City of Chicago Launches Reporting and Enforcement Program for the Senior Safety Ordinance

March 15, 2021

The pilot program will allow seniors to report non-compliance of the safety ordinance in their building to 311 and their Alderman.

Mayor's Press Office    312.744.3334 / press@cityofchicago.org

CHICAGO – Chicago Department of Buildings and Chicago Department of Public Health today announced the launch of the 311/Online reporting and enforcement program for seniors to report non-compliance of the Senior Safety Ordinance, sponsored by Alderwoman Maria Hadden.  

The Senior Safety Ordinance was approved by the Chicago City Council in July 2020 and creates additional requirements for owners of senior buildings to protect the health, safety, and wellbeing of their residents during a declared disaster related to public health.  Under the 30-day pilot, senior residents that believe their building owner is not in compliance with the ordinance will be able to phone 311 to file a report with 311, submit request online at 311.chicago.gov or free CHI311 mobile app, or contact their alderman to file a complaint.  At the end of the pilot the City will review the program for staffing levels and enforcement effectiveness.  

"We've seen firsthand over the past year how Chicago's seniors are among our must vulnerable communities and we have a responsibility to do everything we can to protect them," said Mayor Lori E. Lightfoot. "We all stand on the shoulders of our seniors, and the new reporting and enforcement measures around the Senior Safety Ordinance represents an important step in ensuring Chicago's elderly residents enjoy their golden years with the protection they need and the dignity and respect they deserve."  

“The way a community cares for and protects our most vulnerable residents speaks to the character of our leaders and our city,” said 48th Ward Alderwoman Maria Hadden. “I’m proud to have worked alongside leaders from JASC to make sure that Chicago provides stronger protections for our most vulnerable during this pandemic.”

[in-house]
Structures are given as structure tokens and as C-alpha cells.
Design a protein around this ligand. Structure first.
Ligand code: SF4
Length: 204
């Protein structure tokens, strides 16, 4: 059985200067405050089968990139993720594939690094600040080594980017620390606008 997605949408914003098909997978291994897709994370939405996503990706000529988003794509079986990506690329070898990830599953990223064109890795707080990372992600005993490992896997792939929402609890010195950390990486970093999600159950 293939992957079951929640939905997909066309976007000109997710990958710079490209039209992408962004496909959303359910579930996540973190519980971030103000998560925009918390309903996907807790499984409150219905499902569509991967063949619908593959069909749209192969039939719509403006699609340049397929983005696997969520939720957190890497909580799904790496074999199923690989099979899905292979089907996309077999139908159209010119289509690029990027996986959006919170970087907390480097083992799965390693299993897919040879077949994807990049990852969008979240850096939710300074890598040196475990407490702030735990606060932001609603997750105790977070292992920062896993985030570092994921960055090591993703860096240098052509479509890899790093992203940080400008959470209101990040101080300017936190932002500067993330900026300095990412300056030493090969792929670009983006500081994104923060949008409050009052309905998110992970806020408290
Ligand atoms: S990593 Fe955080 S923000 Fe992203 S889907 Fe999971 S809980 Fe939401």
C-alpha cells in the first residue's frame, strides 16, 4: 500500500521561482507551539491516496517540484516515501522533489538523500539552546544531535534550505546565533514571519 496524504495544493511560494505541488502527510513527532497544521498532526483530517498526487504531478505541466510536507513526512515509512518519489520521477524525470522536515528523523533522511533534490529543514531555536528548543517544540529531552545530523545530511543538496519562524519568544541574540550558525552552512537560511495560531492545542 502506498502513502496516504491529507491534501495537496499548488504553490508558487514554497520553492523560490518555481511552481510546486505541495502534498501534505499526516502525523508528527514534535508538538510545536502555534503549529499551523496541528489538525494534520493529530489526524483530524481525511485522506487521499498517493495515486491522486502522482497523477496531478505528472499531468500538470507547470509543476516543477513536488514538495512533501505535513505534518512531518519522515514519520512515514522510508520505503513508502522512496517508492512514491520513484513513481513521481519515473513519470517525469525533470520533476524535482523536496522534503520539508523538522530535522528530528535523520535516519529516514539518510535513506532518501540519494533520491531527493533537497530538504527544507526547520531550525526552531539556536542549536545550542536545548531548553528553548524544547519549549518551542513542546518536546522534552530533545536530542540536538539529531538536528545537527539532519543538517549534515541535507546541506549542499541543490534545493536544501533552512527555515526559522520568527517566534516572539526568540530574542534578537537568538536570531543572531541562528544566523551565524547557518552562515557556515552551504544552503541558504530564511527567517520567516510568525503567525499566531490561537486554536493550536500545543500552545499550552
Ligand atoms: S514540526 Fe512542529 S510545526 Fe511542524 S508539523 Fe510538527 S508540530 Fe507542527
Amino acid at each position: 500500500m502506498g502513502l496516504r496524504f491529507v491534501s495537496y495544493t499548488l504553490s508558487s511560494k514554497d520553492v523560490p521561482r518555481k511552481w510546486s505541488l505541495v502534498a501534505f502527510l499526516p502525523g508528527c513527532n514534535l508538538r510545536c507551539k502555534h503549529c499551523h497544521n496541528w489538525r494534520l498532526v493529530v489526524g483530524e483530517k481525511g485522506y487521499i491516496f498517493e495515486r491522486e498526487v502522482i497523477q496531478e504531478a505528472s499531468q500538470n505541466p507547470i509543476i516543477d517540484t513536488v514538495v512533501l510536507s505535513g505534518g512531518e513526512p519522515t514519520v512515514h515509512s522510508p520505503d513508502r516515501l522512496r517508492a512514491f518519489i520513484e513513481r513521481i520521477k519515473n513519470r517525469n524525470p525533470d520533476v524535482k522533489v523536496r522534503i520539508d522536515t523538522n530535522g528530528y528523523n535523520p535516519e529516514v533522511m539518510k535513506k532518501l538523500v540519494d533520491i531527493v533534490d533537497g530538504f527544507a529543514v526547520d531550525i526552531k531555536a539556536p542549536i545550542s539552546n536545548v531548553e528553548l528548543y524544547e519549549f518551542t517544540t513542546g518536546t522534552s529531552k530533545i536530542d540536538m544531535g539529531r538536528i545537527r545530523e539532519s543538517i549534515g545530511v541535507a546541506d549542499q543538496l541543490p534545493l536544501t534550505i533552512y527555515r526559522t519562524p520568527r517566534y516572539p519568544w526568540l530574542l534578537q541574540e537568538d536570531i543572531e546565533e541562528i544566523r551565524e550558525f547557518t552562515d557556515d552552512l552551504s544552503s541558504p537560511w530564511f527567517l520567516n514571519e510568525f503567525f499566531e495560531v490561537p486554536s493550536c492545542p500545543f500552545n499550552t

Under the ordinance, senior buildings must put in place the following measures if the City is subject to a local, state, or federally declared public health disaster:   

  • Building owners and managers must conduct well-being checks on their residents at least twice weekly (tenants have the ability to opt out if they wish). 
  • Building staff is required to screen all non-residents for any symptoms related to the public health crisis. If a person exhibits any symptoms, they will be denied access. 
  • Building staff is required to limit access to the building to staff members, caregivers, personal aides, home makers, family members, and friends.  
  • Building staff will help residents access food and medication delivery when needed. 
  • Building owners and managers will make available and distribute to all staff proper protective equipment (PE) and hand washing facilities with soap or hand sanitizer. Building management is also required to train staff on proper use of PE.  
  • Building staff will implement an updated cleaning regimen that ensures high-contact surfaces are being disinfected at least three times daily with approved cleaning products.  
  • Building owners and managers cannot reduce staffing levels to lower than needed to keep the building in compliance with the law. 
“Jane Addams Senior Caucus is so proud to see the city take these powerful steps to see the senior safety ordinance move forward in enforcement,” said JASC Board Member Carmen Betances. “Seniors will now have protection during this pandemic and any future pandemics. Thank you to Alderwoman Hadden who worked tirelessly alongside JASC members and other Chicago seniors to see this ordinance get passed and put into action.”  
The 311 program, run by Emergency Management & Communications, offers another method for seniors to report to their Aldermen. Over the next 30 days, the City will measure the need for a phone program based on the number of calls received. Building owners that are subject to a daily fine of $100 - $500 and potential injunction or other equitable relief if they fail to comply it provisions of the ordinance.

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